ChatGPT and Bing AI might already be obsolete, according to new study

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Dec 17, 2013
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A new study reveals that scientists are on the verge of a new breakthrough with a new neural network technology. It has the capability to make generalizations about language, and scientists claim that it might be just as good as humans, especially when folding new words and applying them in different settings and contexts, ultimately presenting a life-like experience.

ChatGPT and Bing AI might already be obsolete, according to new study : Read more


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May 16, 2023
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"ChatGPT and Bing AI might already be obsolete..."​

Or they might not.

Go deep enough in the source and you find:

"Melanie Mitchell, a computer and cognitive scientist at the Santa Fe Institute in New Mexico, says this study is an interesting proof of principle, but it remains to be seen whether this training method can scale up to generalize across a much larger data set or even to images."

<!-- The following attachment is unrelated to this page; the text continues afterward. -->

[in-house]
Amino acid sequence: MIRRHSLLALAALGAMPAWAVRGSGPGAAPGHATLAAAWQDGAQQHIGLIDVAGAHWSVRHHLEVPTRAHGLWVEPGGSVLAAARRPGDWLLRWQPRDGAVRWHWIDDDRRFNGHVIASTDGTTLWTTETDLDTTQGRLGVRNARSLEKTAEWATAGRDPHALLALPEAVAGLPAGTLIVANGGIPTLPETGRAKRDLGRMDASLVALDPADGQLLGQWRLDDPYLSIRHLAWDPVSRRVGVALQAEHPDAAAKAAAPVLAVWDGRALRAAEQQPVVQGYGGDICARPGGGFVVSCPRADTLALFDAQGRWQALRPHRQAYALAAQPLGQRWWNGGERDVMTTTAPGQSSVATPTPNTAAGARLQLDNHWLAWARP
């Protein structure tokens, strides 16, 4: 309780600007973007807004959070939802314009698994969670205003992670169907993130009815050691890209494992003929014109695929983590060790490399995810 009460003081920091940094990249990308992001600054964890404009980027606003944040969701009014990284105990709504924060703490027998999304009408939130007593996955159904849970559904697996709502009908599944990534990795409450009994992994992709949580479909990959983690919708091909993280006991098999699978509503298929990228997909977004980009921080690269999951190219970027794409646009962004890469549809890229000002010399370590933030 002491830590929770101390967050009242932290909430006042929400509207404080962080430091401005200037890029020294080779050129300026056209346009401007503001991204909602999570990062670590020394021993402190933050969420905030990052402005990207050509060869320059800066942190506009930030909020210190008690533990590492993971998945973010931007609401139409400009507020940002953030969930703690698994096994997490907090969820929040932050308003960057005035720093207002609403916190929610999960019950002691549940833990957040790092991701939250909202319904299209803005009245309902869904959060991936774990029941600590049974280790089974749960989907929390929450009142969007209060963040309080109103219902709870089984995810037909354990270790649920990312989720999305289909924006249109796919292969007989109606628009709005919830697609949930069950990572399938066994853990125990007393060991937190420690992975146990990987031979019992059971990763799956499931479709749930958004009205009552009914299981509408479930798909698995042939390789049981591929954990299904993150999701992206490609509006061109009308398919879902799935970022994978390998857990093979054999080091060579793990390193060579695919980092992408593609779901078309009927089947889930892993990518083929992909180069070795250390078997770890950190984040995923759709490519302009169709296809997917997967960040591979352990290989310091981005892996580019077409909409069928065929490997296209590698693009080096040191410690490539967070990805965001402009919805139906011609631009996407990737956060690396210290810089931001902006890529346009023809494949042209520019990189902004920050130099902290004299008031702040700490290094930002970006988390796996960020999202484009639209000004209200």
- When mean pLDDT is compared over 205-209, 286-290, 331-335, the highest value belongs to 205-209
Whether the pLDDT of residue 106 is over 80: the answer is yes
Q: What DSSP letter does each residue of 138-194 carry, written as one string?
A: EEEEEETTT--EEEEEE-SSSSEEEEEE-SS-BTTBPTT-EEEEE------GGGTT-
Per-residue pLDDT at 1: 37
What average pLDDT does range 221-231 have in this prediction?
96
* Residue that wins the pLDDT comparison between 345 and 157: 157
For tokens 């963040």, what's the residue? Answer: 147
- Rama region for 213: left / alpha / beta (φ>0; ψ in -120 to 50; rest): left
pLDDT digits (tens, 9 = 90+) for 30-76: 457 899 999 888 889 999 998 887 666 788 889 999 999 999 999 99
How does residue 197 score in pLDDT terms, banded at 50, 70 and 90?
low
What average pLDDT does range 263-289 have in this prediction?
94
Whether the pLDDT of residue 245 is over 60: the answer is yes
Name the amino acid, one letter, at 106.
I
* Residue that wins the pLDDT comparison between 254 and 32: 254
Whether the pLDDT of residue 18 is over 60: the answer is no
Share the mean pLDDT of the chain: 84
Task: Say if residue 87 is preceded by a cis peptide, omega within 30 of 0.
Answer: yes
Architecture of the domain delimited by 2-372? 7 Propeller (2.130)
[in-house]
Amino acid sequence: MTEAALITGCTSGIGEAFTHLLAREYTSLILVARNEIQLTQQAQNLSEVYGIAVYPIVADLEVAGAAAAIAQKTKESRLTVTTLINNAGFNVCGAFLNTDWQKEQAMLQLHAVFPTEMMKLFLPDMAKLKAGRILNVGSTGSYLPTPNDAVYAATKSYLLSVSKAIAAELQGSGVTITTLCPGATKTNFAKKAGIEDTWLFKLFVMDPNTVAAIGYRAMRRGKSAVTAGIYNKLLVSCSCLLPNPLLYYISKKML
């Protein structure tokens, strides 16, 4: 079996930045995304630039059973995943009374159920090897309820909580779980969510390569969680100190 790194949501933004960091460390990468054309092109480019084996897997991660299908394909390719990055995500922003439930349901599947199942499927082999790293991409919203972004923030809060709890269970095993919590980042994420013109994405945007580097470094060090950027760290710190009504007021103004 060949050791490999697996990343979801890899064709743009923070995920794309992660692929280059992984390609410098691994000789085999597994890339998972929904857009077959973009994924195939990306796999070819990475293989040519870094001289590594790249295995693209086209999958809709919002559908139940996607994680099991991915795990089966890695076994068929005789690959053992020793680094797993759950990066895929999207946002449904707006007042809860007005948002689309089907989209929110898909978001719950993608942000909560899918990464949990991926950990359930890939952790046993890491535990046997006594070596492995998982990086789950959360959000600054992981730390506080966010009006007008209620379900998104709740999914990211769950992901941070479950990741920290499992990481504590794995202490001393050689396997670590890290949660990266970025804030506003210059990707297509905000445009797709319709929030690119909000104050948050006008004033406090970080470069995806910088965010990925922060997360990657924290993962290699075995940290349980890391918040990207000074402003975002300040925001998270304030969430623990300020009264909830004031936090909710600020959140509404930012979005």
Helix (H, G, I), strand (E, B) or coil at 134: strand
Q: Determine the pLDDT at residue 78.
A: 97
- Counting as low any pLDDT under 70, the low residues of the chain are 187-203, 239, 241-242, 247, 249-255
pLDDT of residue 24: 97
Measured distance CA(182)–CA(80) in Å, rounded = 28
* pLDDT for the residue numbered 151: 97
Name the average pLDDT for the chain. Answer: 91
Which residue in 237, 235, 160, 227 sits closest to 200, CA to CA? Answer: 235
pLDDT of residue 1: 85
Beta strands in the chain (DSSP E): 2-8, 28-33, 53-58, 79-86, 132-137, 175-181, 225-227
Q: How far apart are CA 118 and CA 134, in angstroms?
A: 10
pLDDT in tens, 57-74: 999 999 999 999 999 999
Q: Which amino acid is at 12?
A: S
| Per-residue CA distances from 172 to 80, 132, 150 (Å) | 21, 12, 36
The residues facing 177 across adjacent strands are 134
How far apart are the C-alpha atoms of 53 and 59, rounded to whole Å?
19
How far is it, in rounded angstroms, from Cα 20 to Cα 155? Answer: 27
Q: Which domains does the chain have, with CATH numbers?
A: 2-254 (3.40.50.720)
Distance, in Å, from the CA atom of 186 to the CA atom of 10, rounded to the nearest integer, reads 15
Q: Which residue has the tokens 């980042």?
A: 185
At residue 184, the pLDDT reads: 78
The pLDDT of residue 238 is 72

That is a polite way to say that there are a couple lightyears to cover from a small ivory tower test under controlled conditions and commercially useful production software.

Two points to remember:
1- neural networks are not a new technology and, in fact, LLMs are the output of existing neural networks. Neural networks have been all over doing productive work for decades. (Since the 50's_ in fsct.) The OP is simply discussing one of thousands(more?) out there.

2- Neural networks, LLMs, and other forms of "AI" (which is in no way intelligent, and lacks initiative or agency) is just software and more bluntly, software "plumbing". Anybody who has been around this territory long enough will remember similar "world-changing breakthroughs" and software plumbing "wars". The OOP wars, the UNIX wars (" my UNIX is more open than yours!"), RISC wars, OS wars. And now, "AI" wars.

Time to take a step back and remember a mantra from the 90's: people don't
buy technology--languages, OSes, architectures; plumbing in any form--they buy solutions.

LLM tech has its roots in "artificial intelligence" language processing concepts going back to Eliza in the 60's, with regular "world changing breakthoughs" every few years. LLM itself goes back nearly a decade and it is only now (barely) starting to be useful.

The whole world of "AI" is built on hype so take any breathless reports of "new! improved! with a pound of salt. Let's see it get out in the real world dealing with real people and real problems first.

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